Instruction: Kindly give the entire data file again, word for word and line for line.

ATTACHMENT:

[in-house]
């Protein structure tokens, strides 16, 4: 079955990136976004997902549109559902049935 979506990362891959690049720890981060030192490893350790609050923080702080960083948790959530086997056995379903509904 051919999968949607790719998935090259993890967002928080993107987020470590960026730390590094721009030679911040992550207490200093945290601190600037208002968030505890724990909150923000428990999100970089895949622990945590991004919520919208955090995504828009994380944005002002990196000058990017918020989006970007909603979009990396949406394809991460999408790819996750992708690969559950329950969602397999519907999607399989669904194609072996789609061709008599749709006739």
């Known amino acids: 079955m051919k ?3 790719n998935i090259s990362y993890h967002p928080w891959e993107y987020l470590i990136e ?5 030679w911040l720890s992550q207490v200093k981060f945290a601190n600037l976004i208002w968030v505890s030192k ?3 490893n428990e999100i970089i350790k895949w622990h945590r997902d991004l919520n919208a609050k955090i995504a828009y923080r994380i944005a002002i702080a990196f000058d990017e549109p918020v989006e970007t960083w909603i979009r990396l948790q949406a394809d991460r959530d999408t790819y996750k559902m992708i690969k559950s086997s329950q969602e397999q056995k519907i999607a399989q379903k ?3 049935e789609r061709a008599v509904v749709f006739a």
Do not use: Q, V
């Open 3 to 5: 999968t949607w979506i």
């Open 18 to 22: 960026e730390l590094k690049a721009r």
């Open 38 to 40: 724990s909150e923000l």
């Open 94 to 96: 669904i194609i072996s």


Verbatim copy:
[in-house]
């Protein structure tokens, strides 16, 4: 079955990136976004997902549109559902049935 979506990362891959690049720890981060030192490893350790609050923080702080960083948790959530086997056995379903509904 051919999968949607790719998935090259993890967002928080993107987020470590960026730390590094721009030679911040992550207490200093945290601190600037208002968030505890724990909150923000428990999100970089895949622990945590991004919520919208955090995504828009994380944005002002990196000058990017918020989006970007909603979009990396949406394809991460999408790819996750992708690969559950329950969602397999519907999607399989669904194609072996789609061709008599749709006739």
């Known amino acids: 079955m051919k ?3 790719n998935i090259s990362y993890h967002p928080w891959e993107y987020l470590i990136e ?5 030679w911040l720890s992550q207490v200093k981060f945290a601190n600037l976004i208002w968030v505890s030192k ?3 490893n428990e999100i970089i350790k895949w622990h945590r997902d991004l919520n919208a609050k955090i995504a828009y923080r994380i944005a002002i702080a990196f000058d990017e549109p918020v989006e970007t960083w909603i979009r990396l948790q949406a394809d991460r959530d999408t790819y996750k559902m992708i690969k559950s086997s329950q969602e397999q056995k519907i999607a399989q379903k ?3 049935e789609r061709a008599v509904v749709f006739a």
Do not use: Q, V
């Open 3 to 5: 999968t949607w979506i």
């Open 18 to 22: 960026e730390l590094k690049a721009r």
């Open 38 to 40: 724990s909150e923000l």
């Open 94 to 96: 669904i194609i072996s």